For six years I worked in the old Patent Office Building in Washington, where the Smithsonian’s American Art Museum and National Portrait Gallery are located. The building began its service to the people in 1840, making it one of Washington’s landmarks. I worked there as an editor from 1986 to 1992, before the recent renovations, completed in 2006. In my time, the building still had the feel of the 19th century. I entered every morning through the basement, which always made me think of the catacombs—bulging, thick walls, narrows corridors, stairs that might have met the building code a hundred-plus years ago. Here's a daguerreotype from 1846, showing the building in its early days (and the early days of photography):
What really made this a special place for me was that Walt Whitman had trod these very same corridors during the Civil War, when the building became a makeshift hospital: "Overflow casualties were housed in the Capitol, in churches, taverns, and schools, in the Georgetown prison and General Lee’s Alexandria mansion. Whitman found them lying between rows of glass display cases in the Patent Office, ‘noblest of Washington’s buildings.’ The Greek Revival shrine to American ingenuity was normally an exhibition hall for models representing ‘every kind of utensil, machine, or invention, it ever enter’d the mind of man to conceive.’ …Now it was a hospital, ‘a curious scene, especially at night when lit up. The glass cases, the beds, the forms lying there, the gallery above, and the marble pavement under foot—the suffering and fortitude to bear it in various degrees—occasionally, from some, the groan that could not be repress’d.’” (from Justin Kaplan’s life of Whitman). I would often imagine Whitman making his rounds in the same building where I worked, sometimes even sensing his presence.
“Whitmanesque” has come to mean that big-hearted, empathetic embrace of whatever life places in one’s path, that exuberant appetite for experience. Whitman’s invention of American poetry has a lot to do with that expansive spirit, and with his frankness, whether about war or sex. He did not back down, or look away. He did not write like anyone who came before. His use of language—open, plainspoken, direct—is the antithesis of poetic. He remains alive in his work because the work itself is so immediate. It is language with a pulse.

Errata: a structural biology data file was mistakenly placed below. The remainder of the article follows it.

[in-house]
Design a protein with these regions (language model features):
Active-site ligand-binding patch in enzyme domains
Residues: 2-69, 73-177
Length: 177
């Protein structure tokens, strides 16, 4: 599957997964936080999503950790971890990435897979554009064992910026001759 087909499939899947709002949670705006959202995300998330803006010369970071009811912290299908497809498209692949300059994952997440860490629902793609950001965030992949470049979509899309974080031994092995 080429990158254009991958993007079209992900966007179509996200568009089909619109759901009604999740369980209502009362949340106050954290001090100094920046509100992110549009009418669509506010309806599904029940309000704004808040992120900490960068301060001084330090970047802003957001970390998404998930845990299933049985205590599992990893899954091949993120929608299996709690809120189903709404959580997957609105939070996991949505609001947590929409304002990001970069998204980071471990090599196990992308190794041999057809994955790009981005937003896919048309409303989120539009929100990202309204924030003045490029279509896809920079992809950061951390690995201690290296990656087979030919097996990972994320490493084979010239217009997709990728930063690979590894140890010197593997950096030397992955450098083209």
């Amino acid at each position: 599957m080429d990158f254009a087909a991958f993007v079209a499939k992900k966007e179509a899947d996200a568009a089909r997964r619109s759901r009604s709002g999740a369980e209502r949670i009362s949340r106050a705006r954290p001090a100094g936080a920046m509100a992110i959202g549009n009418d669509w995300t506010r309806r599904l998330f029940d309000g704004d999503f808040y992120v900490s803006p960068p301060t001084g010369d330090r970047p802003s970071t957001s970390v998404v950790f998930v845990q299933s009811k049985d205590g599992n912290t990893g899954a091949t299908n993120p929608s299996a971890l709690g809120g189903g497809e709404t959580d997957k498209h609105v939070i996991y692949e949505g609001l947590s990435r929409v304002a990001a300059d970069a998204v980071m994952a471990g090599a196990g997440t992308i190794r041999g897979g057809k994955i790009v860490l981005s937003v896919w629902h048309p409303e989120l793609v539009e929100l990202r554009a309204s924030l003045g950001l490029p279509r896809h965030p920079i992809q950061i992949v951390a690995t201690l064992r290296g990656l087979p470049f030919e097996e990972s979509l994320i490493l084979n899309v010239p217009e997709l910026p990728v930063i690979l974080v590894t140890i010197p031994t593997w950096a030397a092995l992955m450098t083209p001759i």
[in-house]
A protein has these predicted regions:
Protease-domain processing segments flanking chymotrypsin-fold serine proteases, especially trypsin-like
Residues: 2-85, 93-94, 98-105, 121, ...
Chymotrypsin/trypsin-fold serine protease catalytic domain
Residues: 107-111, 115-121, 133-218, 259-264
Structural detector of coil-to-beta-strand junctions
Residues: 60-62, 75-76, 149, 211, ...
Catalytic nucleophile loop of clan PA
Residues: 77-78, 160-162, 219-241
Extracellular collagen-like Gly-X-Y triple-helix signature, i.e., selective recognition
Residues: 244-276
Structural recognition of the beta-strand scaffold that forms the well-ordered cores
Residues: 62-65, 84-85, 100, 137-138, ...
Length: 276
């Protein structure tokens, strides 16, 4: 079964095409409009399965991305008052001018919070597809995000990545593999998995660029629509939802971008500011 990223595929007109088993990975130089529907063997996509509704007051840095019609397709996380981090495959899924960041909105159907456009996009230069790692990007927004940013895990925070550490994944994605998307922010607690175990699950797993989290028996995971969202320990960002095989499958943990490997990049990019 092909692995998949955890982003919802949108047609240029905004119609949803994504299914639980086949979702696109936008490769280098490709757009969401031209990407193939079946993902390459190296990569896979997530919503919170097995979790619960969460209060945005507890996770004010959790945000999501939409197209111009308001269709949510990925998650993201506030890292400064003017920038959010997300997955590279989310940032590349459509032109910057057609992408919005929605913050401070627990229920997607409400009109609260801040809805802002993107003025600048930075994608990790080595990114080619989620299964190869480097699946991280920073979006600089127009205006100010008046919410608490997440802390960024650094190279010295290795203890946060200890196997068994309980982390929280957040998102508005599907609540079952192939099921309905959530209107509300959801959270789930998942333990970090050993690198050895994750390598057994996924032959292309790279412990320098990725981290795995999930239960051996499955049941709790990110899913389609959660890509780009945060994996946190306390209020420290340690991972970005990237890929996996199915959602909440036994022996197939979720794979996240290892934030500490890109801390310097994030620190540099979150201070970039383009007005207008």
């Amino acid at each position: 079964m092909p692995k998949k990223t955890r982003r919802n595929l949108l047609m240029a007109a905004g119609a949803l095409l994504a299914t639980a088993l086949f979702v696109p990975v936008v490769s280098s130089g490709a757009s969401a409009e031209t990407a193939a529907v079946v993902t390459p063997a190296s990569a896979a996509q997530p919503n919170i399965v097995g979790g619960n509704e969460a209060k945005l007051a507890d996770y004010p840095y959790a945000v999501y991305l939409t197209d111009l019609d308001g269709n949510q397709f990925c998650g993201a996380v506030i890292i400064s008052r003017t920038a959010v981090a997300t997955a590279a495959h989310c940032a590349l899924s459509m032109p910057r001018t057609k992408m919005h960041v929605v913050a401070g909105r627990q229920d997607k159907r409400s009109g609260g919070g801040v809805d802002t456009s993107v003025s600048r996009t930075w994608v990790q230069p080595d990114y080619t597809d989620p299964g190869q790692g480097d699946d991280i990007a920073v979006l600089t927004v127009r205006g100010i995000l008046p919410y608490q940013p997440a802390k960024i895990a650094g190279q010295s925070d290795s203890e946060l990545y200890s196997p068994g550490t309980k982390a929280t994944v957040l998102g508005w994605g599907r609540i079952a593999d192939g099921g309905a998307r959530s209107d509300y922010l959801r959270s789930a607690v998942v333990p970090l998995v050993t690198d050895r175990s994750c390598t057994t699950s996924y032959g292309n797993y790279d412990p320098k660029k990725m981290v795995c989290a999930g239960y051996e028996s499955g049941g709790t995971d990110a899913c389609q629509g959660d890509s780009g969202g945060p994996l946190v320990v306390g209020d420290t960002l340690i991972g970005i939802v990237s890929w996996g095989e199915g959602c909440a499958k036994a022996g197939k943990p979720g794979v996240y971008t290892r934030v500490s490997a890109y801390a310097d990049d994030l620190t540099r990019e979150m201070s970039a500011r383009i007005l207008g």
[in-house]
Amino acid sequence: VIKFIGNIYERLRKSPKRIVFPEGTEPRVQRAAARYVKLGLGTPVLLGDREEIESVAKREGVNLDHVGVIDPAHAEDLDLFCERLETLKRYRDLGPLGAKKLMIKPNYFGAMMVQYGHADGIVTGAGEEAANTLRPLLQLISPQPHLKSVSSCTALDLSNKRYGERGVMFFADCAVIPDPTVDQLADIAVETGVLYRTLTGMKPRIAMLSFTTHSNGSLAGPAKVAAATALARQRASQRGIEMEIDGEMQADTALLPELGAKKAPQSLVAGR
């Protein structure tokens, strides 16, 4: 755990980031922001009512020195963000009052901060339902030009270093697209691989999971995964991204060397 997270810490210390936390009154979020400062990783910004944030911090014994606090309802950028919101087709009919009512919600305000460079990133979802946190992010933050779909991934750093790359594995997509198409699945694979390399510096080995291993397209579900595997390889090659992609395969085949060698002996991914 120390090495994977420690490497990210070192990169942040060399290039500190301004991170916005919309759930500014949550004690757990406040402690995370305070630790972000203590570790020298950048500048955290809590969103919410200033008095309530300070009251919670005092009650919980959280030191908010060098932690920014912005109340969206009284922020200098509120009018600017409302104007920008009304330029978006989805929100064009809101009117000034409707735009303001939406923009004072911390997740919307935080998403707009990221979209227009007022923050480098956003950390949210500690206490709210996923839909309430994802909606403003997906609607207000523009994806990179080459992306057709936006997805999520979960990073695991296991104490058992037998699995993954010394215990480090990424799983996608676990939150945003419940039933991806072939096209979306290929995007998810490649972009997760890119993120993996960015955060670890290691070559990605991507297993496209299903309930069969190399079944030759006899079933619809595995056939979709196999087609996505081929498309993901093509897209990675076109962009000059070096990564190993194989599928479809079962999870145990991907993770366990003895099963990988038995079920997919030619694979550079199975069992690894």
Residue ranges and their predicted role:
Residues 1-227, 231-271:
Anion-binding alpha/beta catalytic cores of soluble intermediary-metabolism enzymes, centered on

There’s a remarkable 1875 chalk on paper drawing of Whitman by Thomas Dewing in the American Art Museum’s collection. Reproductions of it fail to capture its depth and power. When you look at the original, you almost feel like you’re face to face with Walt himself. Because of conservation concerns, the work is very rarely displayed, but I used to ask one of the curators to take it out of storage and show it to me every once in a while.
When the museums in the Patent Office building re-opened in 2006, I was delighted to find a little room in the Portrait Gallery solely devoted to Whitman—with paintings and photographs, and rare copies of his work on display. I went back there last Wednesday evening after work to further explore the Whitman room, only to discover it had been replaced. Too bad—they should have made it a permanent exhibition.
For my week of guest blogging on the BAP site, I think I’ll mostly stay on the subject of Washington poets, or at least some of those poets I’ve been fortunate enough to know.
My current attentiveness to Whitman I believe derives from a visit to the Walt Whitman rest stop on the Jersey Turnpike on the way back from Connecticut a few weeks ago:
OK. We get on 95 and drive all day.
We stop at the Walt Whitman rest stop
on the Jersey Turnpike, and the dog and I
both pee in a secret wooded area just beyond
the trash cans and parked cars. We are hurtling
through space and time, through Connecticut,
New York, New Jersey, Delaware, Maryland.
O Walt—and Joyce Kilmer—your poems have earned
you Turnpike rest stops! Horrible places jammed
with anxious travelers in need of a bathroom.
I buy bacon and egg on a croissant and wash it down
with water. But these are not the worst of monuments.
Joyce could praise those leafy arms, while Walt would
love the salt of the earth in their restless wandering.